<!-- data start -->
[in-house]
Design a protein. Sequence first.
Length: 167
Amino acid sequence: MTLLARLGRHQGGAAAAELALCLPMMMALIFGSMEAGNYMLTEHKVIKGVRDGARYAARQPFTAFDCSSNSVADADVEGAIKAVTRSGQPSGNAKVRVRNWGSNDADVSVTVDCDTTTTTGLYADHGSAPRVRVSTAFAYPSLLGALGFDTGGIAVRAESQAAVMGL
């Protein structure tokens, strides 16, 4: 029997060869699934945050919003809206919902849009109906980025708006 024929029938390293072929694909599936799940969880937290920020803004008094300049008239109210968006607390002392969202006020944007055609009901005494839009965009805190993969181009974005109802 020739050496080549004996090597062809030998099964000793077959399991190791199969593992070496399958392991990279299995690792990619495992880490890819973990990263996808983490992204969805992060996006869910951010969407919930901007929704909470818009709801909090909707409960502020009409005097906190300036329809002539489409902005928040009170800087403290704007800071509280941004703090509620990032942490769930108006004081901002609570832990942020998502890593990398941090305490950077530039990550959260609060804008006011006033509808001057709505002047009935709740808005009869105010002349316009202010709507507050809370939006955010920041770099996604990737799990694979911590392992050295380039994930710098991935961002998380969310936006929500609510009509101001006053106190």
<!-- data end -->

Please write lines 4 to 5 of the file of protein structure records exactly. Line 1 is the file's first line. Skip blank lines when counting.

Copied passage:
Amino acid sequence: MTLLARLGRHQGGAAAAELALCLPMMMALIFGSMEAGNYMLTEHKVIKGVRDGARYAARQPFTAFDCSSNSVADADVEGAIKAVTRSGQPSGNAKVRVRNWGSNDADVSVTVDCDTTTTTGLYADHGSAPRVRVSTAFAYPSLLGALGFDTGGIAVRAESQAAVMGL
């Protein structure tokens, strides 16, 4: 029997060869699934945050919003809206919902849009109906980025708006 024929029938390293072929694909599936799940969880937290920020803004008094300049008239109210968006607390002392969202006020944007055609009901005494839009965009805190993969181009974005109802 020739050496080549004996090597062809030998099964000793077959399991190791199969593992070496399958392991990279299995690792990619495992880490890819973990990263996808983490992204969805992060996006869910951010969407919930901007929704909470818009709801909090909707409960502020009409005097906190300036329809002539489409902005928040009170800087403290704007800071509280941004703090509620990032942490769930108006004081901002609570832990942020998502890593990398941090305490950077530039990550959260609060804008006011006033509808001057709505002047009935709740808005009869105010002349316009202010709507507050809370939006955010920041770099996604990737799990694979911590392992050295380039994930710098991935961002998380969310936006929500609510009509101001006053106190």